My column this week is about Harry Truman, whose decision to drop the atomic bombs on Hiroshima and Nagasaki is the subject of a play developed for Seattle high schoolers. I was invited to the play by Seattle attorney Michael King, who acts the part of Truman; King, who grew up in a Democratic family, is a fan of Truman, though he believes Truman was led to make the wrong decision about the atomic bombs.
I grew up in a Republican family. My father recalled Truman as a weak president who had gotten the country into a war in Korea and then decided not to win it. Dad did not fault Truman for dropping the atomic bombs. The argument was that Japan’s leaders weren’t ready to give up, and that the bombs shocked them into changing their minds.
Later I read arguments against the use of the bomb, some of them by conservative historians. The argument was Japan’s leaders were ready to give up, that they were looking for a way to do so honorably, but that they feared a harsh occupation and removal of their emperor. And when they got the assurance about the emperor, they did give up. I came to agree that Truman had made the wrong decision on the bombs.
On the broader question of Harry Truman, I fall short of fandom. Credit him for approving the Marshall Plan and the Berlin airlift, which came out well, and for integrating the military. Credit him also with standing up to Stalin, forming NATO, etc., though he was also responsible for the peacetime national security state including a peacetime draft. How much of all that was necessary? Some of it, but all of it became difficult to get rid of when the Soviet Union went away. At least the draft ended, under Nixon, but much of the rest of the national security state created under Truman is still with us.
Truman took America into the Korean War entirely on the permission of the United Nations without asking for a vote in Congress. In the 60 years since, Truman’s action has been cited every time a president wants to commit an act of war. It is a bad precedent. Congress should have never let him do it.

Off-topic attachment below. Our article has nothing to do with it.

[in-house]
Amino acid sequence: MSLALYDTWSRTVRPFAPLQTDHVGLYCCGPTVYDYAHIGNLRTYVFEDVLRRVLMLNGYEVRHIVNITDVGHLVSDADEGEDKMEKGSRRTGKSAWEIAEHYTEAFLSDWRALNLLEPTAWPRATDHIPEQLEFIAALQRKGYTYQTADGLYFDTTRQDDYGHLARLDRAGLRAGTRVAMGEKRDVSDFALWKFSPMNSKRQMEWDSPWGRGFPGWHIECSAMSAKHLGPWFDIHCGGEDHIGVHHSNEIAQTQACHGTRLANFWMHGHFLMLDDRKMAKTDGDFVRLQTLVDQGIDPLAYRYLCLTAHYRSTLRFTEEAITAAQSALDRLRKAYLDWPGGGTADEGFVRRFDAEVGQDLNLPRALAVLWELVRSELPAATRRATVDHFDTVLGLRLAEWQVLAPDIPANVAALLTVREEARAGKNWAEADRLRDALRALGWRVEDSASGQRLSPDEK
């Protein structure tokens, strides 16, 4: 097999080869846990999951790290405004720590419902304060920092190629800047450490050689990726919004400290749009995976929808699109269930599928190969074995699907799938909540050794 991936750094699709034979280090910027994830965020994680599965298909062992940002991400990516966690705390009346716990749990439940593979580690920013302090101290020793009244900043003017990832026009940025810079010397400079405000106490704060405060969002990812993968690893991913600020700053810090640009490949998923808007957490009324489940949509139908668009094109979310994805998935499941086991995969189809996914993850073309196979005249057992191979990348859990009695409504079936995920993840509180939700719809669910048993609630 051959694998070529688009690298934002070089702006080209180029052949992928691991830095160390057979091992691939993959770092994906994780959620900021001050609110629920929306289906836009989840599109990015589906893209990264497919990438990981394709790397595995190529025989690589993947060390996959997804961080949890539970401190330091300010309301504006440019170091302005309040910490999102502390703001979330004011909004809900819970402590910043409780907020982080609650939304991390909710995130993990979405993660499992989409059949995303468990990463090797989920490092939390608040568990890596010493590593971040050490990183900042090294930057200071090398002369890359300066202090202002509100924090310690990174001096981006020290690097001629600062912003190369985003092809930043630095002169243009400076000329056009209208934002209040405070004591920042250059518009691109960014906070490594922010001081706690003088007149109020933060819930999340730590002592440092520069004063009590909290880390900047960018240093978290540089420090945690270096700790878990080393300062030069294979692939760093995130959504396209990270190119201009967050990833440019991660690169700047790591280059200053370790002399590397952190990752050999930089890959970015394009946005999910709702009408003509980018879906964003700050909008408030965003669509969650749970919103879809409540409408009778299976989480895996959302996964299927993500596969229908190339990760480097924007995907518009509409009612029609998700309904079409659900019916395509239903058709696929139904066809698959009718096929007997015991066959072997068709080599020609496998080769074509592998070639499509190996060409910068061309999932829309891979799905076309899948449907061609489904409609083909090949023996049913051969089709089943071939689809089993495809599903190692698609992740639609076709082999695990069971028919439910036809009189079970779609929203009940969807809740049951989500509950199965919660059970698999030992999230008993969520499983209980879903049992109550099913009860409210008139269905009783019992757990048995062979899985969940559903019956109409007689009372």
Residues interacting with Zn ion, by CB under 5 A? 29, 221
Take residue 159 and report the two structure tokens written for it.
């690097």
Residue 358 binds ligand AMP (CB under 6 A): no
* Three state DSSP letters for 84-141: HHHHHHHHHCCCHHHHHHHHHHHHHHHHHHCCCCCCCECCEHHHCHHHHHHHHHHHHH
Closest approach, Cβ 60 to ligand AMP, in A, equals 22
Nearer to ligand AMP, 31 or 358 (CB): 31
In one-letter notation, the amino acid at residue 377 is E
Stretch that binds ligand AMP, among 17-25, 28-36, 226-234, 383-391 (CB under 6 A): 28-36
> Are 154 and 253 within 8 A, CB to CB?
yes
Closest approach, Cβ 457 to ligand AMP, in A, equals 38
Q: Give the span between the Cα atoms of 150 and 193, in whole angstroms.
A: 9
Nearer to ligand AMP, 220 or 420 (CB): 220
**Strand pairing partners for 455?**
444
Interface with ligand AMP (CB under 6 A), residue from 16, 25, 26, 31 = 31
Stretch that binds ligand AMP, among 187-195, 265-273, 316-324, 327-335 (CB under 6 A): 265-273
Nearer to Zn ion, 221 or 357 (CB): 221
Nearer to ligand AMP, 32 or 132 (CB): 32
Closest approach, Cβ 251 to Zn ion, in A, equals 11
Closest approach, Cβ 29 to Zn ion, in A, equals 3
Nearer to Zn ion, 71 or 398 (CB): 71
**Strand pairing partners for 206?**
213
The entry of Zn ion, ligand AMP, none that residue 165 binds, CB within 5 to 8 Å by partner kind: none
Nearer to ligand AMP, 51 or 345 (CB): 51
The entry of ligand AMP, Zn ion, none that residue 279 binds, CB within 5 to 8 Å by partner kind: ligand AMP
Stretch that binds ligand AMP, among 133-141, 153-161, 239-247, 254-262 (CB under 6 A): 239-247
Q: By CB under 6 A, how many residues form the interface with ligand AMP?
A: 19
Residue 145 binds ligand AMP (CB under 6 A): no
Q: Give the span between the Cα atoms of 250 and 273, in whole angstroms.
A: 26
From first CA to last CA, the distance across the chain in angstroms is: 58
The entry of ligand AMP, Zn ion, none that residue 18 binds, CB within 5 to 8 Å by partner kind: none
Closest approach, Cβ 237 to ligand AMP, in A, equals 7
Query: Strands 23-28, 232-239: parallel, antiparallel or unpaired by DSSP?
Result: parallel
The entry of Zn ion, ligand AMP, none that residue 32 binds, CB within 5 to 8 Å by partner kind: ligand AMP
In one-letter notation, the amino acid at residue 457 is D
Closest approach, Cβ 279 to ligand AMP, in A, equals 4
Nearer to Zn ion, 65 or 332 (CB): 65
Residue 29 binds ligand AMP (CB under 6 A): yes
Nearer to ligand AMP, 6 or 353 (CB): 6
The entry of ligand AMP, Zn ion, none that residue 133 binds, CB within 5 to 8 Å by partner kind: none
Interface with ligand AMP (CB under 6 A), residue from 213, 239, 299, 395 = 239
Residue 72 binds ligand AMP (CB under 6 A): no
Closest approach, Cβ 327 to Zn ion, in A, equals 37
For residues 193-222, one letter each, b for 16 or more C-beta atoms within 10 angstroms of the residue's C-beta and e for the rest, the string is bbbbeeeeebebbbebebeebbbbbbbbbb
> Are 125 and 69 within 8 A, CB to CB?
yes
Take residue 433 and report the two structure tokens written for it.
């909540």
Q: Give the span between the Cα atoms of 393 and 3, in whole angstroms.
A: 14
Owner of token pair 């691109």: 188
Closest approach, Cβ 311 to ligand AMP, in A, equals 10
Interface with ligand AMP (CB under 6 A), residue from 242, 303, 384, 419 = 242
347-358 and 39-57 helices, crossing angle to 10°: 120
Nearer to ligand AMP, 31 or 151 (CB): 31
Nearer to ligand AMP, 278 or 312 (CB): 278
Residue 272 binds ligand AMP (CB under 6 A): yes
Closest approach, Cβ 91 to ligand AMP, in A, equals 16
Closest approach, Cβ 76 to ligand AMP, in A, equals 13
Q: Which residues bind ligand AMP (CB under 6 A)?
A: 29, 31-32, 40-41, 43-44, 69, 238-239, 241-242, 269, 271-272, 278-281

During that war, Truman ordered all the major steel mills in the United States seized by the government. Workers, represented by the United Steelworkers of America, had suffered from wartime inflation and demanded wage increases, but federal price controls prevented the mills from raising the price of steel. The mills sued, and in Youngstown Sheet & Tube v. Sawyer the U.S. Supreme Court (all Democratic appointees) ruled 6-3 that Truman had overstepped his authority. Justice William O. Douglas wrote:
“Today a kindly President uses the seizure power to effect a wage increase and to keep the steel furnaces in production. Yet tomorrow, another president might use the same power to prevent a wage increase, to curb trade unionists and to regiment labor as oppressively as industry thinks it has been regimented by this decision.”
This ruling has made such an action unthinkable. Too bad there wasn’t a Supreme Court ruling about going to war without asking Congress.
Truman tried to get his party’s nomination for another term and failed. When he left office in 1953, Truman was rated even lower in the national opinion polls than Richard Nixon when he resigned. When politicians are that unpopular, there are usually some good reasons. Truman has been resurrected by the historians, but they should be careful not to overdo it.